Written by Tamika Hawkins, Legal Clinic summer law fellow and rising 3L at Howard University School of Law.
She couldn’t have been a day over 25. As she sat on the cement steps of the Family Resource Center on N Street N.E., I wondered about her story. Because everyone has a story. Some believable, others hard to believe, but a story nonetheless. I had signed up to do outreach for the Clinic that week, so I was standing on the sidewalk to hand out fliers.
I was initially drawn to her daughter, a precocious kid – I think she told me she was seven – who talked to me about the summer heat and being on break from school. She was playful as she climbed up and down the steps and swung on the railings. I wondered just how much she understood about the pain, tiredness and sadness in her mother’s eyes. I vacillated speaking to the little girl’s mom, but in between her many back-to-back phone calls, I found the window of opportunity.
After a brief introduction, she took the flier with much appreciation. Just minutes later, she readily opened up. The woman, dressed in jeans and a bright-colored shirt, was a mother of four and homeless. We talked about all the avenues of possibility, each of which she’d gone down and back. Then suddenly, in the midst of our conversation, her cell phone rang. I heard countless thank yous, as I eagerly waited with anticipation.
“We got a room!” she shared, her face finally showing a glimmer of hope. “At least it has a door.” Still, internally, I wanted more. I wanted the person on the other end of that phone to have somehow worked a miracle and a half to keep her and her kids off the street. I wanted a mystery fund to have appeared that would at least allow her time to get on her feet for the next few months. I wondered how five people would fare in such a finite amount of space. Then I realized that while it wasn’t my hope for her, at least it was safe. Getting this room meant that she and her four children could move out of the vacant apartment that yielded no remote guarantee of safety.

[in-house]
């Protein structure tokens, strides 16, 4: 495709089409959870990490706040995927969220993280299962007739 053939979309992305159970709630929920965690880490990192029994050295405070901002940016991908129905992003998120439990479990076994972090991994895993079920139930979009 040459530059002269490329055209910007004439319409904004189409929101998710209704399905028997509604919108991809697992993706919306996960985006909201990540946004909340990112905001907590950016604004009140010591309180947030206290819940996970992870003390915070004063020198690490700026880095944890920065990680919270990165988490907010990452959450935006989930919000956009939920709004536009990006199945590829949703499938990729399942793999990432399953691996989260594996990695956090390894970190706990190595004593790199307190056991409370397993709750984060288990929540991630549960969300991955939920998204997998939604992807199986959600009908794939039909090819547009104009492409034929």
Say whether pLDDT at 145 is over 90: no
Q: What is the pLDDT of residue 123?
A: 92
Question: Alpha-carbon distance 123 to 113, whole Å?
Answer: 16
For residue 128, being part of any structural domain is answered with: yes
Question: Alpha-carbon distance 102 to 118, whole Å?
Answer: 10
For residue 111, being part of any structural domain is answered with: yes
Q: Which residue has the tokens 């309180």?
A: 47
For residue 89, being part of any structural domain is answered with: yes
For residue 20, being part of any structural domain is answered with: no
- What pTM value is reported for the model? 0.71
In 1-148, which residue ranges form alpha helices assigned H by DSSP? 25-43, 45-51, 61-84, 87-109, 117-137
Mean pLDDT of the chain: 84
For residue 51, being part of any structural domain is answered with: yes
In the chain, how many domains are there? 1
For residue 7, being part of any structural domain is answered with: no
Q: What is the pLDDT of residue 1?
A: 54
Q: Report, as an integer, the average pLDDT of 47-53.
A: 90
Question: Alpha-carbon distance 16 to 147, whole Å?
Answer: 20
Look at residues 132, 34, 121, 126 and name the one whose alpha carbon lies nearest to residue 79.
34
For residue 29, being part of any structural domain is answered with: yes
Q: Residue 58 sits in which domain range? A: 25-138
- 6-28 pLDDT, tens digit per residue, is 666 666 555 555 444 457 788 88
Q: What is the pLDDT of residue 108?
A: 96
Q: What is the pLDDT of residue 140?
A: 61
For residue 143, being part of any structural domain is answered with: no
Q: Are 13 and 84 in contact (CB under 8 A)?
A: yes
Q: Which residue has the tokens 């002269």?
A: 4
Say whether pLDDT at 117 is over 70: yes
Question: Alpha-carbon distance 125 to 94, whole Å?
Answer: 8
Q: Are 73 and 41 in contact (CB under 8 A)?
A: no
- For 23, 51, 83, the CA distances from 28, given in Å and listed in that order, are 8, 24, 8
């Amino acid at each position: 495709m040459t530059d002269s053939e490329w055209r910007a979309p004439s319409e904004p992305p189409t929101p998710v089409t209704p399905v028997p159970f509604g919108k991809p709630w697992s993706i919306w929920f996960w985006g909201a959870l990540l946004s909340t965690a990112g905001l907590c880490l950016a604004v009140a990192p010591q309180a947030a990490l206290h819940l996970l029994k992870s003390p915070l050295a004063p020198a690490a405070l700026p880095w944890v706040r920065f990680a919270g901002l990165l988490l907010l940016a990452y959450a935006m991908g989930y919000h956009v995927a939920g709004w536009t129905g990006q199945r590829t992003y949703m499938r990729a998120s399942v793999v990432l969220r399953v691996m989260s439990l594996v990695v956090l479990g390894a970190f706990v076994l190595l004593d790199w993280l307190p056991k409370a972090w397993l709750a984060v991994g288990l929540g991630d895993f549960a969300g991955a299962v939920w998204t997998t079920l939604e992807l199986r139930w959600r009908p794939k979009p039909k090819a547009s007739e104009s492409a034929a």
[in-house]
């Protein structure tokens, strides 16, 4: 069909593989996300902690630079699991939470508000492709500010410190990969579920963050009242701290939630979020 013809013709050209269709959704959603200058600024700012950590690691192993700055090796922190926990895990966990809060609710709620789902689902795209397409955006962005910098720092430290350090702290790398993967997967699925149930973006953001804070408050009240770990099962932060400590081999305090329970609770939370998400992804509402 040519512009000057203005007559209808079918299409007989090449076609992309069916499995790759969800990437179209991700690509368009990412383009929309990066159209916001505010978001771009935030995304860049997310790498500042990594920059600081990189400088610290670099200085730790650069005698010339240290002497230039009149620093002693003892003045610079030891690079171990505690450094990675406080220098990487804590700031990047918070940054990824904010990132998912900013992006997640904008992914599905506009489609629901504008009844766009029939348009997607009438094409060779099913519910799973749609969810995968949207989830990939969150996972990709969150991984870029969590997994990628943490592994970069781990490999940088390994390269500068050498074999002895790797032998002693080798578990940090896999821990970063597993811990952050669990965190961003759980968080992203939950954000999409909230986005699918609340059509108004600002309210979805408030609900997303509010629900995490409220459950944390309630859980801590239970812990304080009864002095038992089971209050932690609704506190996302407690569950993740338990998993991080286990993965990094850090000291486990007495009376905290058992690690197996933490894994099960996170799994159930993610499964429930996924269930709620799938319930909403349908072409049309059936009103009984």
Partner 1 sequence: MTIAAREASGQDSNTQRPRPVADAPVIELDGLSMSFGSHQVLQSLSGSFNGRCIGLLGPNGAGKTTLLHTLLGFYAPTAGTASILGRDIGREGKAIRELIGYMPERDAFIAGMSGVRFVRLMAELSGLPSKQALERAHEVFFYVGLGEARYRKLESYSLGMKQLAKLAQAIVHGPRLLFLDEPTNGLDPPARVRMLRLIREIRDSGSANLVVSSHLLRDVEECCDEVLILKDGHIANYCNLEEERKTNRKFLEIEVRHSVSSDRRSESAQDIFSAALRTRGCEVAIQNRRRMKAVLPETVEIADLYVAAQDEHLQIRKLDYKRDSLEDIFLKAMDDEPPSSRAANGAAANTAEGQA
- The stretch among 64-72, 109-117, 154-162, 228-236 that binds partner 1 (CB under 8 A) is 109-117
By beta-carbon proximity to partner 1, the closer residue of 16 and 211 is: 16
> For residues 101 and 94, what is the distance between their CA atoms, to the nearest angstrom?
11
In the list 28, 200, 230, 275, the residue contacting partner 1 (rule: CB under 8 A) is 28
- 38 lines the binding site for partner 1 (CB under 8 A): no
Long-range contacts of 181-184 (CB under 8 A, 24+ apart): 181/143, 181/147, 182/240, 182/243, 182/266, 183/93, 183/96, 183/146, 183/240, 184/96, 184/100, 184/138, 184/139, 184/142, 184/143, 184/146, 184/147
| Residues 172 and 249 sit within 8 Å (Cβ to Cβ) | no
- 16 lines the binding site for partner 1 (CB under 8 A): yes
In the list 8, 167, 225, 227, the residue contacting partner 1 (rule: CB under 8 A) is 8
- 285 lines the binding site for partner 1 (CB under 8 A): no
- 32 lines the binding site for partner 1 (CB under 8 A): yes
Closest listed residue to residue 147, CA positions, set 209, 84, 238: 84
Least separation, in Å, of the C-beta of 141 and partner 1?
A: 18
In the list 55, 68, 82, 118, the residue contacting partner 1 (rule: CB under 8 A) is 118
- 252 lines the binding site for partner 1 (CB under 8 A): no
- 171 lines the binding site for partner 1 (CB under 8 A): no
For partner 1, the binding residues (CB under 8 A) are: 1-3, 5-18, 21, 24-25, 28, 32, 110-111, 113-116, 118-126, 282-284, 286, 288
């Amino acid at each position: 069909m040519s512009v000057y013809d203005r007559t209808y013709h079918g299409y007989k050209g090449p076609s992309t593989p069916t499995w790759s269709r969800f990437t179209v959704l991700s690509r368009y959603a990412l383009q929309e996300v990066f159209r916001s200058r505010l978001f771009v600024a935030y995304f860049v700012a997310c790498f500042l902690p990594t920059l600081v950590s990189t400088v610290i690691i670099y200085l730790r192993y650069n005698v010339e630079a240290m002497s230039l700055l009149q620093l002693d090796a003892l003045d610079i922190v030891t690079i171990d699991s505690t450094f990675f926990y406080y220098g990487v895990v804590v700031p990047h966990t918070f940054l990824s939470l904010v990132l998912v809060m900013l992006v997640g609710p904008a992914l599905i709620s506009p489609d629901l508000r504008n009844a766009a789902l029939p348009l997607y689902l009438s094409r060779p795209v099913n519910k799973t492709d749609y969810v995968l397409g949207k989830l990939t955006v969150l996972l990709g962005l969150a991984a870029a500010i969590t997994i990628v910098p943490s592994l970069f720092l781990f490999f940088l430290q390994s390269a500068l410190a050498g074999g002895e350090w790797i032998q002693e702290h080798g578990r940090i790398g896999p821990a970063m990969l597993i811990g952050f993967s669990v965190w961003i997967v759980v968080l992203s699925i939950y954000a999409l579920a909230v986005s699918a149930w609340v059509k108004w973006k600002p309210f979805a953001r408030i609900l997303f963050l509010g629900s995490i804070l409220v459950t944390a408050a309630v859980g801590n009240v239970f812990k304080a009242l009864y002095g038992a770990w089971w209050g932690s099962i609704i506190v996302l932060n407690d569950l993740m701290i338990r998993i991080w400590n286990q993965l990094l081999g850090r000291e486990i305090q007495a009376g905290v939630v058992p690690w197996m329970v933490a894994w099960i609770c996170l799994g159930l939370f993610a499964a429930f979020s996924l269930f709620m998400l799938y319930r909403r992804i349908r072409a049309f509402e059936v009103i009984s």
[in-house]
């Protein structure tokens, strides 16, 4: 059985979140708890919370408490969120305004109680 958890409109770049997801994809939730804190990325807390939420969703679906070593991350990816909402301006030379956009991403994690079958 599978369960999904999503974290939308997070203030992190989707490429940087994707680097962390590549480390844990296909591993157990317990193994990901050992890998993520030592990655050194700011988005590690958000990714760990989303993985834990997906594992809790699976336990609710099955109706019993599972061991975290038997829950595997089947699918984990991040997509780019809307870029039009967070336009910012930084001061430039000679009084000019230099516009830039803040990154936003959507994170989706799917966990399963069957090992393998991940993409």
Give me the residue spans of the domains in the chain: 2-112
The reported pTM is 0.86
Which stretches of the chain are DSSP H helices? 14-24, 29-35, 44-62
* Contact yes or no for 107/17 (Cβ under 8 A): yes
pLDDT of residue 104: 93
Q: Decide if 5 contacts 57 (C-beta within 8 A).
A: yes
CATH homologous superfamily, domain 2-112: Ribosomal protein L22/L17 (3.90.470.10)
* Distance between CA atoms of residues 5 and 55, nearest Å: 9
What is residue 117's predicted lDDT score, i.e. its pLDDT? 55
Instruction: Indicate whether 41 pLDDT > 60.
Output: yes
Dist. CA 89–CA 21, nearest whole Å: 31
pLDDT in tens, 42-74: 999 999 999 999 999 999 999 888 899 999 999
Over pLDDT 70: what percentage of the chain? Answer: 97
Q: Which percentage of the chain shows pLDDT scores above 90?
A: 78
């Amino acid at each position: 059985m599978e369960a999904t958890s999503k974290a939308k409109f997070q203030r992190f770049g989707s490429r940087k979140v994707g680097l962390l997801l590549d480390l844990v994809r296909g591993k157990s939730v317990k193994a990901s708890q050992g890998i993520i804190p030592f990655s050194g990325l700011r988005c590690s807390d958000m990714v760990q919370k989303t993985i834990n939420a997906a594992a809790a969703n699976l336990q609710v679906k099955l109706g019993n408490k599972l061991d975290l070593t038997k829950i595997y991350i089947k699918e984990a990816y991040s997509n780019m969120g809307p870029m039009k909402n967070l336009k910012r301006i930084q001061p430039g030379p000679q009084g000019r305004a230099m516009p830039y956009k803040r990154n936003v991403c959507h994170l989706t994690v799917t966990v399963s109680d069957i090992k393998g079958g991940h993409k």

Hearing the good news, her daughter began to fire off question after question about their new place. Before she could answer, the phone rang again. In a matter of seconds, she found herself right back at square one. As it turned out, the young woman was short $200 and the landlord refused to budge. Even with four children in the balance. Having nothing more to leverage, she ended the conversation. “I understand.”
An indescribable look of defeat enveloped her face. It hit me hard. But with everything in me, I pulled out the most confidence I could muster and told her that everything would be OK. She agreed that God would never put more on us than we can handle. I smiled and slowly headed back to the Metro station replaying the scenario on repeat.
As I walked down the street in NoMa, a newly revitalized neighborhood lined with beautiful buildings and luxury apartments, I couldn’t help but sense the disparity. A mere two blocks away, a woman, whose name I never got, sat waiting for an intervention. Waiting for a place to call home. Or at least some temporary safe shelter.
The next day, I shared the experience with a few colleagues. It fueled me. It inspired me. It made me work that much harder to live out the Clinic’s mission of fighting for housing justice and affordability in the District. And though I don’t know how the day ended for that young mom, I can only hope that she knew at least one person that afternoon, was in her corner.